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Bears at the Mini-Bye Volume II: Offensive Personnel Usage

| October 14th, 2020


I already looked at a variety of statistics for the offense, including QB performance, run game woes, and explosive plays. Today I want to explore how the Bears are deploying their skill position players, using lineup data from the NFL Game Statistics Information System. This tracks how many plays the Bears have played with different combination of 11 offensive players, and splits the data into runs and passes, with yards gained for each. Combing through this data can provide valuable insights into how the Bears are deploying their personnel, and what packages have been most and least effective.


Tight Ends

The Bears completely overhauled this position in the offseason, following a disastrous 2019 campaign in which no player even hit 100 receiving yards. They gave Jimmy Graham a big contract, spent their 1st pick (43rd overall) on Cole Kmet, and brought in veteran journeyman Demetrius Harris.

I want to start by looking at Cole Kmet, who has been very quiet so far as a rookie despite receiving a good bit of training camp hype. Through five games, Kmet has played 102 snaps, seen 3 pass targets, and caught 1 ball for 12 yards. This is hugely disappointing, and worrisome for his future; when I looked at rookie seasons for TEs drafted in the 2nd round this offseason, I found that tight ends who are going to be good are typically involved in the offense right away. The only tight ends drafted in the 2nd round over the last 10 years to receive fewer than 30 targets in their rookie seasons are Vance McDonald, Adam Shaheen, Gavin Escobar, Drew Sample, and Troy Niklas. Of those, only Vance McDonald has done anything in the NFL. Kmet is currently on pace for 10 targets.

It’s fair to argue a rookie should see their production increase as the season wears on, so I looked at all 19 players in that study through the first five games of their rookie season. You can see the full list here, but Kmet has the 3rd fewest targets, least amount of catches, and the least number of yards through that time period. And for all of those categories, the bottom four (not including Kmet) are from the list of five names above. It’s early, but right now Kmet most closely resembles Troy Niklas and Adam Shaheen, which is very not good.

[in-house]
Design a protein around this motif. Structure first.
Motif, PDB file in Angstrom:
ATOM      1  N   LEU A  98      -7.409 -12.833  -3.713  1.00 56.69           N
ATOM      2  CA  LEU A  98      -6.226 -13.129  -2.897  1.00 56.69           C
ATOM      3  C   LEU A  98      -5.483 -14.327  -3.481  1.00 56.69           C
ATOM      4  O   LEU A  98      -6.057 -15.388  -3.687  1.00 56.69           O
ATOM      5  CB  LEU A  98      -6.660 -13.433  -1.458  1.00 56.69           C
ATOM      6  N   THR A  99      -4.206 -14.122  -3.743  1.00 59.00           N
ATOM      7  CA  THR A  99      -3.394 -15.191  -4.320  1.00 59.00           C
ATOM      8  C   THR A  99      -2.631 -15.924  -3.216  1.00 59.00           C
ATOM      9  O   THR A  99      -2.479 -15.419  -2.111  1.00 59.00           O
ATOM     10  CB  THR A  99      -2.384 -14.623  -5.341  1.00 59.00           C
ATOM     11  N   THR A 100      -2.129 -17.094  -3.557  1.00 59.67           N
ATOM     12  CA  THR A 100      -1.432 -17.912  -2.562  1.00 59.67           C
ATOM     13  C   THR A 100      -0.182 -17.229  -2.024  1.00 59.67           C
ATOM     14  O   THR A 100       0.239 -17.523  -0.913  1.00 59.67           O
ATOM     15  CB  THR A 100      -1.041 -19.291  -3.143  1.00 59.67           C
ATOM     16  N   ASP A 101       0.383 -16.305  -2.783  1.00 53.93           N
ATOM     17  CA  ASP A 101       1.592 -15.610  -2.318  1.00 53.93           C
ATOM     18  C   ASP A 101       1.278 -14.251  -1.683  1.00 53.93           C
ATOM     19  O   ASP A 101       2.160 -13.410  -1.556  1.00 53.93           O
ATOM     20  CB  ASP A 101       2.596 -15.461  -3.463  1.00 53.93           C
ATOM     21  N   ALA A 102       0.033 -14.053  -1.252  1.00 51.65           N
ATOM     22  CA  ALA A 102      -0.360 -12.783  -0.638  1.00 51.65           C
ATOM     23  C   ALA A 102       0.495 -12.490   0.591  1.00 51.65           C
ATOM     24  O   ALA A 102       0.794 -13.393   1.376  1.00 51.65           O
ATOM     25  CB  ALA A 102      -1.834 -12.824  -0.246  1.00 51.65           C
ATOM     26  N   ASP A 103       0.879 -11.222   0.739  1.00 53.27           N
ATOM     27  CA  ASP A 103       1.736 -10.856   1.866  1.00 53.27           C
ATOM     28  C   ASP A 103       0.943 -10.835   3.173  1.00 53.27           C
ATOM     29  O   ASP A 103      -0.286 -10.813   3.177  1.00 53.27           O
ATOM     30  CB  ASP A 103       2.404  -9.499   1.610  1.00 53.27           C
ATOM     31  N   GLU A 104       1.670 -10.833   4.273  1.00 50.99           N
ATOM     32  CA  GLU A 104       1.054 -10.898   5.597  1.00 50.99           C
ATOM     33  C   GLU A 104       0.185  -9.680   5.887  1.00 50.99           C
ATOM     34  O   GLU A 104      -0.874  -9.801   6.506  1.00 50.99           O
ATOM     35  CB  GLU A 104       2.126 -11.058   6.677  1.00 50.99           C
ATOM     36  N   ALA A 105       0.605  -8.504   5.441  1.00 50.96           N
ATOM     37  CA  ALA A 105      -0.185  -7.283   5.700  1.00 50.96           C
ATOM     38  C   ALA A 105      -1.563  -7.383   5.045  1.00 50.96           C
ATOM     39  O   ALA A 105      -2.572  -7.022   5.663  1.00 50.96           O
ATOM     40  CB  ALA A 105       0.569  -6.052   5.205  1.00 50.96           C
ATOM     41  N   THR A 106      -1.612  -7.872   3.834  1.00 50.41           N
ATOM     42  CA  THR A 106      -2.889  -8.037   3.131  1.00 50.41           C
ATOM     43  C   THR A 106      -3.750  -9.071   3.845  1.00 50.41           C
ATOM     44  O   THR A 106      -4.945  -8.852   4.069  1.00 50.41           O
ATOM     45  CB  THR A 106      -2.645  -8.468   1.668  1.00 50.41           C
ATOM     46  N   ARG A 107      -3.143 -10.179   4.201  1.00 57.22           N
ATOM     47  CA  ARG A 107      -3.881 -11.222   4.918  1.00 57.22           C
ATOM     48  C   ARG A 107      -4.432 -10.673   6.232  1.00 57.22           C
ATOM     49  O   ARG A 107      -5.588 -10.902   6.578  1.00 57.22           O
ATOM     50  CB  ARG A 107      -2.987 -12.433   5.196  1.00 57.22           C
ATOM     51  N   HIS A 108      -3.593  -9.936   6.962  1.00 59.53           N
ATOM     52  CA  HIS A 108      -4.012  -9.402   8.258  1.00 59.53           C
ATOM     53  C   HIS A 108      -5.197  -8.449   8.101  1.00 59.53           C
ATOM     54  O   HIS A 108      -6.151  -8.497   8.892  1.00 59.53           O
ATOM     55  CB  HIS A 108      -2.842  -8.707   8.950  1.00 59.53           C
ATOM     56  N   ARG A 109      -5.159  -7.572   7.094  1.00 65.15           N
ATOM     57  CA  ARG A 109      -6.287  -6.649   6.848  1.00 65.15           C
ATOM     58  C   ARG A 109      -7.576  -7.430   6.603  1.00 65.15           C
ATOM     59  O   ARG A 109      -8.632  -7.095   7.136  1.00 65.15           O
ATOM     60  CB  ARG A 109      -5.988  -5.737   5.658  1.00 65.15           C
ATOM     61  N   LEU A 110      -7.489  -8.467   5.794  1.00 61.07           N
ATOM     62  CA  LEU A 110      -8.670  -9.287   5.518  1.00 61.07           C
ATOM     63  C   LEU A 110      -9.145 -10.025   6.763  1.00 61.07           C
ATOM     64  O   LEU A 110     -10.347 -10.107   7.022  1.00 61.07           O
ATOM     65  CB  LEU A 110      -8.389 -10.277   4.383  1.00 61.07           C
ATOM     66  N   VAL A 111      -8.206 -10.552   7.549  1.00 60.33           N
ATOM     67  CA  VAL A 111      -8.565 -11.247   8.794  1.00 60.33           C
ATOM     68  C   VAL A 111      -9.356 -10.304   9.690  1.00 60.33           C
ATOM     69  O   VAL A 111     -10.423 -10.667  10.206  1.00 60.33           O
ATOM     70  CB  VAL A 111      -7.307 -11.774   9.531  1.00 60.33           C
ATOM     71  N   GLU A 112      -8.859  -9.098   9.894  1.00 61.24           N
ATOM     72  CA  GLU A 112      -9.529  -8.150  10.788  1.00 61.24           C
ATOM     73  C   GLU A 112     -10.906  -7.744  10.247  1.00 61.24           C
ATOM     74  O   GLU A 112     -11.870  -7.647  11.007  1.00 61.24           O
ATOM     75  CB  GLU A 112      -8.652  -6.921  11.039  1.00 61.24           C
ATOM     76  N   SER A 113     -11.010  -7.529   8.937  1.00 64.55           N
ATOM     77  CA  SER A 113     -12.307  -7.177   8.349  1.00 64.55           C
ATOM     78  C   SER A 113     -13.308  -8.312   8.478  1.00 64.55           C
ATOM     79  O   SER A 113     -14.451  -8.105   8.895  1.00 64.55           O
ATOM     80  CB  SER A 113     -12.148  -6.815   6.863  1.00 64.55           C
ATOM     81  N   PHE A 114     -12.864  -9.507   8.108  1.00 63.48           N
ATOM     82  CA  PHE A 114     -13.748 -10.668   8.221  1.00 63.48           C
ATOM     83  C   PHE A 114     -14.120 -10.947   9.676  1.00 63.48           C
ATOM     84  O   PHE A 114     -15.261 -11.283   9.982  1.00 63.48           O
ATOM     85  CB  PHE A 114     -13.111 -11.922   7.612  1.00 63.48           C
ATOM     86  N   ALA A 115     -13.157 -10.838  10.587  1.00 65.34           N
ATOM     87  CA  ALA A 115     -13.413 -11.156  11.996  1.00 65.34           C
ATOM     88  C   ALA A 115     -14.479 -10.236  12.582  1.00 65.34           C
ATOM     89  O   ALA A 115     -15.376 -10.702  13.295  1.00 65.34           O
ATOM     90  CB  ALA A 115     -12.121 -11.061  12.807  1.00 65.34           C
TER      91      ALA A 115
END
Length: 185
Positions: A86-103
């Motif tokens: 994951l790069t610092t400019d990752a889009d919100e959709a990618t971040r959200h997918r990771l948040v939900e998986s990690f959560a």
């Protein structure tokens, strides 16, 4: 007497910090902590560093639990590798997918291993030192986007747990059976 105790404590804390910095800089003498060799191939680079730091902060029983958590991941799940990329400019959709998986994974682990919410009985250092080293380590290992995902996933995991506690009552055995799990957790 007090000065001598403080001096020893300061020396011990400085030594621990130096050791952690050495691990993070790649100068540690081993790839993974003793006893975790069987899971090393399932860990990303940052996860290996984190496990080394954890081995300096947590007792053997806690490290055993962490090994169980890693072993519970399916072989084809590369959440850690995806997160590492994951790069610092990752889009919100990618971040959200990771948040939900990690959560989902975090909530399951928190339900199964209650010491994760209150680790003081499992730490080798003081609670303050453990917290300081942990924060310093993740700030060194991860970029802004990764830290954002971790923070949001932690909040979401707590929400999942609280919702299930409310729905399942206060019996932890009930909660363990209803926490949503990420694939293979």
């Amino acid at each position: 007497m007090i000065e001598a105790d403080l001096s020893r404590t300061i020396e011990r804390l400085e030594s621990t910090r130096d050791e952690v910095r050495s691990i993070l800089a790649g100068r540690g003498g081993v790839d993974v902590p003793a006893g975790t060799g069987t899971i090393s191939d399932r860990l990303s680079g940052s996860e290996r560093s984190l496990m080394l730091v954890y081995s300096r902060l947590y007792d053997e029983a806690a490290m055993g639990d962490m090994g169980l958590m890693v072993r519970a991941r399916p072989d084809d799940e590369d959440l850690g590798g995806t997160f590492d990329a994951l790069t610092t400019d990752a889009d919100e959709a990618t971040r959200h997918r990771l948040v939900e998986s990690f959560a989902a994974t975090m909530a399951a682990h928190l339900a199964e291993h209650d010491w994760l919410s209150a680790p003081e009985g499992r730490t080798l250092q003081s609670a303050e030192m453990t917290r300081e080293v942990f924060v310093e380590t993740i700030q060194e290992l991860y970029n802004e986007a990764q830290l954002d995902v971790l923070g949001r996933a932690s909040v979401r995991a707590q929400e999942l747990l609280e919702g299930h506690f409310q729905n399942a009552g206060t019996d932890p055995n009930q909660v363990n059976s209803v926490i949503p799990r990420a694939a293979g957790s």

Because I was curious about Kmet, I split out lineups involving him vs. those who don’t, and also sorted by the number of tight ends on the field. The results, as you can see below, are certainly illuminating.

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ATM: Wims Deserves a Longer Look

| October 1st, 2019


Even after Taylor Gabriel exits concussion protocol and returns to the starting lineup, Matt Nagy must find a way to keep Javon Wims on the field. The second-year WR did not dominate on Sunday. Far from it. And he certainly isn’t getting confused for Randy Moss anytime soon. But his performance against the Vikings stood out enough for him to be given a chance to help this offense escape their current rut.

His presence gives the team another big target, which could be help a quarterback who struggles keeping the ball down. Chase Daniel used Wims’ size multiple times in the game, most notably on a 37-yard lob that helped the Bears get out of the shadow of their own end zone. The pass ended up being under thrown, but Wims made a nice adjustment in the air to make it look like a back-shoulder throw. Daniel probably wouldn’t have thrown the pass if he didn’t think the receiver could win a jump ball.

Wims can adjust in the air. That we knew. But that played showed he can also get deep. He roasted Trae Waynes and it would’ve been a much bigger gain had the throw been on-target. That speed is new to Wims and something Prince Amukamara noted in the off-season:

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Across The Middle: Bears Receiver Depth Should Be A Concern

| April 9th, 2019

The Bears seem to like their wide receivers right now, but that shouldn’t stop them from looking hard at the position in the draft later this month.

The top three of Allen Robinson, Anthony Miller and Taylor Gabriel appear to be set, but there are a bunch of question marks after that, for both 2019 and the future. Assuming Robinson is better another year removed from knee surgery and Miller takes a step as second-year receivers tend to do, the team’s top three receivers are really quite good. Unless, of course, someone were to get injured, which tends to happen in the NFL.

Both Robinson and Miller missed some time last year and the result was Josh Bellamy playing 321 snaps and Kevin White getting an additional 170. While White’s snaps and position are going to be easily replaced by free agent signee Cordarrelle Patterson, fans shouldn’t underestimate the loss of Bellamy.

Ideally, Bellamy would be replaced by Javon Wims, but Wims is anything but proven.

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The Best Collection of Thoughts Ever Assembled on the Bears v. Chiefs Practice Game

| August 25th, 2018

LAKE FOREST, IL – MAY 16: Chicago Bears wide receiver Marlon Brown (81) participates during the Bears OTA session on May 16, 2018 at Halas Hall, in Lake Forest, IL. (Photo by Robin Alam/Icon Sportswire)


Twitter exploded with the news that Matt Nagy was putting his entire roster on the bench. Hell, even Josh Bellamy got the afternoon off. But who types primarily with his middle fingers and is happier than a clam about the news? This guy.